A slight drawback with this approach is parent companies like Alphabet (Google) have their own domain name, which will be tested instead of Spoiler alert: doesn’t have a security.txt file, while does. This needed to be pointed out.

After a few manual edits by hand, I had a decent dataset to start scanning.

Using Bot Crawler User-Agents?

At first, I thought why not use a Facebook User-Agent (UA)? Bad idea.

It turns out that many websites (possibly Cloud providers too) block HTTP requests that include bot UAs, for example responds with a HTTP 403 (Forbidden) status code when trying to access any web page using Facebook’s bot UA. It’s also possible that CDNs are smart enough to know that my test IP address doesn’t belong to Facebook and so is detected as suspicious.

Here is an example of the Facebook bot UA that several websites block:

facebookexternalhit/1.1 (+

Instead, I decided to use my local (Windows) Firefox web browser UA:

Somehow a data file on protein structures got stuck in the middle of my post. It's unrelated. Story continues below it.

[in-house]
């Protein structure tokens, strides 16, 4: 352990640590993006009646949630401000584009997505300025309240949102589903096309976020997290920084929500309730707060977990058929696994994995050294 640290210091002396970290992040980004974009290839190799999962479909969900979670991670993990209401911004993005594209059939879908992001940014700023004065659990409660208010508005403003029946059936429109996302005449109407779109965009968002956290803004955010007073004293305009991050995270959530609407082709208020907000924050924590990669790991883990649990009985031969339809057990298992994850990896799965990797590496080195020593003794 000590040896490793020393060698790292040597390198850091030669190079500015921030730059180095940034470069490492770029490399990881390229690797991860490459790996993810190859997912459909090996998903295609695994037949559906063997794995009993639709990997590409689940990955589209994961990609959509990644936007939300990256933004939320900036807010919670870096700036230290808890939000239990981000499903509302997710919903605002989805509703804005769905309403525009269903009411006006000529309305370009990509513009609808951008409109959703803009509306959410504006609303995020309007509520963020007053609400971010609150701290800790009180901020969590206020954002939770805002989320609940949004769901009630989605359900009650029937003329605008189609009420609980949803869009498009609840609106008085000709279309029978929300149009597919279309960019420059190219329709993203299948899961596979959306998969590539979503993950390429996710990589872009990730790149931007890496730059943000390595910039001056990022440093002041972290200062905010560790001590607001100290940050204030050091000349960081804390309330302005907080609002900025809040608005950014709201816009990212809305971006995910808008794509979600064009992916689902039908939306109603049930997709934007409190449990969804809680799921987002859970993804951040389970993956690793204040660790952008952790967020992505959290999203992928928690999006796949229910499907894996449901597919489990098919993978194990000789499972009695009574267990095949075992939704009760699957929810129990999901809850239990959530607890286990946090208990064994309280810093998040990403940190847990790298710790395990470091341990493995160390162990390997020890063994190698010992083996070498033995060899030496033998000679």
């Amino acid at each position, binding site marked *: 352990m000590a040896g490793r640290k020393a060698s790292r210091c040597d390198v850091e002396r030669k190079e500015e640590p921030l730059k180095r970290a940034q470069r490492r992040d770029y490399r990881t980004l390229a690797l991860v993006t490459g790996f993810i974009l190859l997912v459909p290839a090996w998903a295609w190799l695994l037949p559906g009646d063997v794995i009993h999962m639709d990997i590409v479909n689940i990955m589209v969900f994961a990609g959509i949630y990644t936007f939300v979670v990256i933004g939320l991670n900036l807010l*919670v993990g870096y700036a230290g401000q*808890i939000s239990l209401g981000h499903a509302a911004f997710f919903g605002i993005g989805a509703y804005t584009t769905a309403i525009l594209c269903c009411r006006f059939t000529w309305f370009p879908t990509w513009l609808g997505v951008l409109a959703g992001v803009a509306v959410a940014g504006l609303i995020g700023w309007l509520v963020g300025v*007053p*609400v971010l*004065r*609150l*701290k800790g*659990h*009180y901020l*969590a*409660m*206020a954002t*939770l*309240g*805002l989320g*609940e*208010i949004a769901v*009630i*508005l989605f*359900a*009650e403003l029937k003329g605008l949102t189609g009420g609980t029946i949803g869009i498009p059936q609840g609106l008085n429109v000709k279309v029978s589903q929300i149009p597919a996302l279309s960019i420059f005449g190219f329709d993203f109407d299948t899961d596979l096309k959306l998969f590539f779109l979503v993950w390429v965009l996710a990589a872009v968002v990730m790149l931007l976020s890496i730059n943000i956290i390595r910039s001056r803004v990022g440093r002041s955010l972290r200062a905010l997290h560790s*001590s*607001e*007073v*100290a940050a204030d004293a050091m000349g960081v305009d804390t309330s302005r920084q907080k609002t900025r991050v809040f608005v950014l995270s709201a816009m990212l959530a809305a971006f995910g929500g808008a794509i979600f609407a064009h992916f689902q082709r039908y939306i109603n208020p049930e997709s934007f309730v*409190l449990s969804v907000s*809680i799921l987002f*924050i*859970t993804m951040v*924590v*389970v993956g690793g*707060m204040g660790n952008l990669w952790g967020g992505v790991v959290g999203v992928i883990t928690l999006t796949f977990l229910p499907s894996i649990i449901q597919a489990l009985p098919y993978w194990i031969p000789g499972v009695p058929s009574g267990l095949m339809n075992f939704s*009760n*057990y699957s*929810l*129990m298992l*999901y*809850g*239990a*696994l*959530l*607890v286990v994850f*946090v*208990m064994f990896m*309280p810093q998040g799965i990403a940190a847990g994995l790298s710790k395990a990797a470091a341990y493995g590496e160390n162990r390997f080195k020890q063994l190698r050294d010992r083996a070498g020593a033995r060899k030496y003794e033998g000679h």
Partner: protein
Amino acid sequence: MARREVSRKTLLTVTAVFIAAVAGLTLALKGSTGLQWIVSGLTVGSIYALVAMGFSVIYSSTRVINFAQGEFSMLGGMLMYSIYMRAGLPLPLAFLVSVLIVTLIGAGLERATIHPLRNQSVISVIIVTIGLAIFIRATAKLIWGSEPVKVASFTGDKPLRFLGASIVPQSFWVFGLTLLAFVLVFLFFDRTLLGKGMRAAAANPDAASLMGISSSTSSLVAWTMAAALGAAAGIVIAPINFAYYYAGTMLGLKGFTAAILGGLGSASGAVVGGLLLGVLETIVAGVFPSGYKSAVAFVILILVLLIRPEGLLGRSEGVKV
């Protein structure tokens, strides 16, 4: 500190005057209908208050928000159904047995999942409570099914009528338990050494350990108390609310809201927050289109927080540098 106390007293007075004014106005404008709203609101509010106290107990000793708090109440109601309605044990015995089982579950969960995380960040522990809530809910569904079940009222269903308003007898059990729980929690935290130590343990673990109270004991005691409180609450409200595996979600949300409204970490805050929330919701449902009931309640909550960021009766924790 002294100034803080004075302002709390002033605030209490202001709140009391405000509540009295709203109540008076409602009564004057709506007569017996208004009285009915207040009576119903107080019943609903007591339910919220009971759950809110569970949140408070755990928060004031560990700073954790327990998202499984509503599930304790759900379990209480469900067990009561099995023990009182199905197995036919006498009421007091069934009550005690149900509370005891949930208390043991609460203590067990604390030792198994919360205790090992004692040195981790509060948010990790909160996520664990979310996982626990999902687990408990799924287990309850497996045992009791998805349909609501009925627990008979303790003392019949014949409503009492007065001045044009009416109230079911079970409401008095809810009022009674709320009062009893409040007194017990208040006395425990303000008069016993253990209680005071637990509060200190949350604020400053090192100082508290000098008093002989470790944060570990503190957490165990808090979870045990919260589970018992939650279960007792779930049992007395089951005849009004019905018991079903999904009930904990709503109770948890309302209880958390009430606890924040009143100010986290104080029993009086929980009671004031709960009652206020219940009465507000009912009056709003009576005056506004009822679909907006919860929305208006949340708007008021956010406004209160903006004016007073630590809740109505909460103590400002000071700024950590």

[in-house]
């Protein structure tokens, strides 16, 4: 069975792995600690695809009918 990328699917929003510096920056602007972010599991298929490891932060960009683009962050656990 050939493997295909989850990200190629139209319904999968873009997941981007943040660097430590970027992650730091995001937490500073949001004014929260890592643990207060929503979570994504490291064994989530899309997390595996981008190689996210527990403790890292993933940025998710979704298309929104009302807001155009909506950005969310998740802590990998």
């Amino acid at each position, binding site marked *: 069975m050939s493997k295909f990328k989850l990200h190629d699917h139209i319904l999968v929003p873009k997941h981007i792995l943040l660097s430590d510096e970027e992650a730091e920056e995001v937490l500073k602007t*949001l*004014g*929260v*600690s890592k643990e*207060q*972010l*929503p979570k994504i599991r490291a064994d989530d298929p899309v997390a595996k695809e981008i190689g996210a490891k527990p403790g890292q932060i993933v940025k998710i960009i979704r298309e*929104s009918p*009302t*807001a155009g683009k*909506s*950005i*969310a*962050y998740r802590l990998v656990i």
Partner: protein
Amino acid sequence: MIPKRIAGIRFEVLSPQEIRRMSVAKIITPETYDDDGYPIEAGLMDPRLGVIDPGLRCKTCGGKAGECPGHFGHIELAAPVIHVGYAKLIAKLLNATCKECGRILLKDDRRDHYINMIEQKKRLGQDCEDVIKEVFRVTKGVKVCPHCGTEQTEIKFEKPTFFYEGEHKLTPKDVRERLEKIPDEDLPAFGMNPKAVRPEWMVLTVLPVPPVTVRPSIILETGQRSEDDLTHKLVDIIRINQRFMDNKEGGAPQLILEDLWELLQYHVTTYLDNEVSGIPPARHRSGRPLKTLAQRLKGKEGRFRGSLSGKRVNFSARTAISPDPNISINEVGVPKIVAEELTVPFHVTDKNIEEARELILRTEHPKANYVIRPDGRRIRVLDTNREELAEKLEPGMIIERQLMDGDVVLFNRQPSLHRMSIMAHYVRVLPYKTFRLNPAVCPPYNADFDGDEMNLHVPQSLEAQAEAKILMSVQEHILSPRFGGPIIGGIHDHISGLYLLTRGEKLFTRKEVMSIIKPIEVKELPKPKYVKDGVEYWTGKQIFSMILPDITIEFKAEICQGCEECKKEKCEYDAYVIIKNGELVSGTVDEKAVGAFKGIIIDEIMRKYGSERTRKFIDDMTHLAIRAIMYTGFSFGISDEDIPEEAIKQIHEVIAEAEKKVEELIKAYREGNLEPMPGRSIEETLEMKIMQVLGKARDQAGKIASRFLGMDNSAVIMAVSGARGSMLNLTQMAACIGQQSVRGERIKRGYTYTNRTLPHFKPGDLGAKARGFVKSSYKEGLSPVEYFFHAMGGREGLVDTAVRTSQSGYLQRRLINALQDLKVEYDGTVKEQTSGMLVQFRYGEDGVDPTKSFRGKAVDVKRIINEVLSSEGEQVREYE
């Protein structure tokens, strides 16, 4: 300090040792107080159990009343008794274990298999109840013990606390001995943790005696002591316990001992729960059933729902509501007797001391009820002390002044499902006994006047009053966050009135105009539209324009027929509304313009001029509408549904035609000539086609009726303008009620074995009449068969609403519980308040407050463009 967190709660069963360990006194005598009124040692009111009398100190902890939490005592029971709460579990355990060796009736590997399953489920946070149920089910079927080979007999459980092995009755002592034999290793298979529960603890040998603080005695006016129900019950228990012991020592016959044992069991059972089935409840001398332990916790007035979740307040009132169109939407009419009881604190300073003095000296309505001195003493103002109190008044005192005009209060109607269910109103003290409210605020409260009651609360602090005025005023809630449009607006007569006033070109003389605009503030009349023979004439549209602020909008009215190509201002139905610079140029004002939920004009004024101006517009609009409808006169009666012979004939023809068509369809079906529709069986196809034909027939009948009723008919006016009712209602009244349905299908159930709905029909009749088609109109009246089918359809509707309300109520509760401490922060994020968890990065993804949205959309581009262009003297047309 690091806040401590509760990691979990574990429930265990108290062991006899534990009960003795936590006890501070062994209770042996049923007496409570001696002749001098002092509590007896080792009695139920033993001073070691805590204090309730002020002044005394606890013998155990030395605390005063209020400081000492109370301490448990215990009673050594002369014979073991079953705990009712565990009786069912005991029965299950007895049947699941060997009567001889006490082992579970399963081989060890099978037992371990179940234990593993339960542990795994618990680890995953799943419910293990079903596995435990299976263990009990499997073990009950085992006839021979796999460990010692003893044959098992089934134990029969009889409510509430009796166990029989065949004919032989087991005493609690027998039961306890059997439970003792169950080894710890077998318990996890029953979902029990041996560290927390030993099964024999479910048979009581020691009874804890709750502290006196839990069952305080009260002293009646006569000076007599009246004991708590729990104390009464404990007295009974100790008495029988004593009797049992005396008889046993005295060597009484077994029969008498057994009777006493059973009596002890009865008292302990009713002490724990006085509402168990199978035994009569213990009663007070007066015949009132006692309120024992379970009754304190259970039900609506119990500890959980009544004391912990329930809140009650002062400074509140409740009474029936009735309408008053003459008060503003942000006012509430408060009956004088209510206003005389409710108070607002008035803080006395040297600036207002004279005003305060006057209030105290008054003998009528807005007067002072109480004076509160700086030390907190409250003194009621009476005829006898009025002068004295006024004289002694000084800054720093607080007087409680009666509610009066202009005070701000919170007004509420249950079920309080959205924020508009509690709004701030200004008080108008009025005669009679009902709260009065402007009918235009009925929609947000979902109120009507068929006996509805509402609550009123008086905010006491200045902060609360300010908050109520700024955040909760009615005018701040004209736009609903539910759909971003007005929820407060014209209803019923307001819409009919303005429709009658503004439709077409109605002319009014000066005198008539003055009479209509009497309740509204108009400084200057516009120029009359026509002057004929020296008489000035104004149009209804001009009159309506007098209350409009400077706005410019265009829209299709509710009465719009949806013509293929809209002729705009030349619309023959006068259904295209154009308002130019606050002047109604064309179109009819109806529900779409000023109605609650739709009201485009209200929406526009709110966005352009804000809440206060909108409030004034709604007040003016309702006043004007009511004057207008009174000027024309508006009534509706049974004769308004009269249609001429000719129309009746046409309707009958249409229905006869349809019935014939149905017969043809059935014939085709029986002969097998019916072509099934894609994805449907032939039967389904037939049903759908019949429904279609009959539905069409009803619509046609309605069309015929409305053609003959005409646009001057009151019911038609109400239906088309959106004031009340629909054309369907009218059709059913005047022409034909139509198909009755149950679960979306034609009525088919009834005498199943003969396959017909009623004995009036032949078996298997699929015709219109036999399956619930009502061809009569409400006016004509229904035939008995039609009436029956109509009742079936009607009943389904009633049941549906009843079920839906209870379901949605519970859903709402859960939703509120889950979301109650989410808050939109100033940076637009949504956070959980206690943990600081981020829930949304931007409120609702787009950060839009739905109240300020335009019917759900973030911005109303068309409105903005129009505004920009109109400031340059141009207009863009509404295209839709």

Mozilla/5.0 (Windows NT 10.0; Win64; x64; rv:103.0) Gecko/20100101 Firefox/103.0


The survey is made up of three groups, which were all processed on 8th August 2022 GMT.

Note: All three groups were run on a Linux (Ubuntu 20.04) virtual machine with 8GB of memory and 4-cores (11th Gen Intel i7 1165G7 @ 2.8GHZ). The host machine was connected to a 150/150-Mbit network, which was also used by the VM.

Group A consists of the Tranco list from 09 July 2022 to 07 August 2022 (30 days). An aggregated list of the top 1 million visited websites based on several datasets. A research paper has been published detailing their analysis and methodology on To download the latest list head over to

Group B consists of a list of large UK and US companies gathered by scraping a few websites.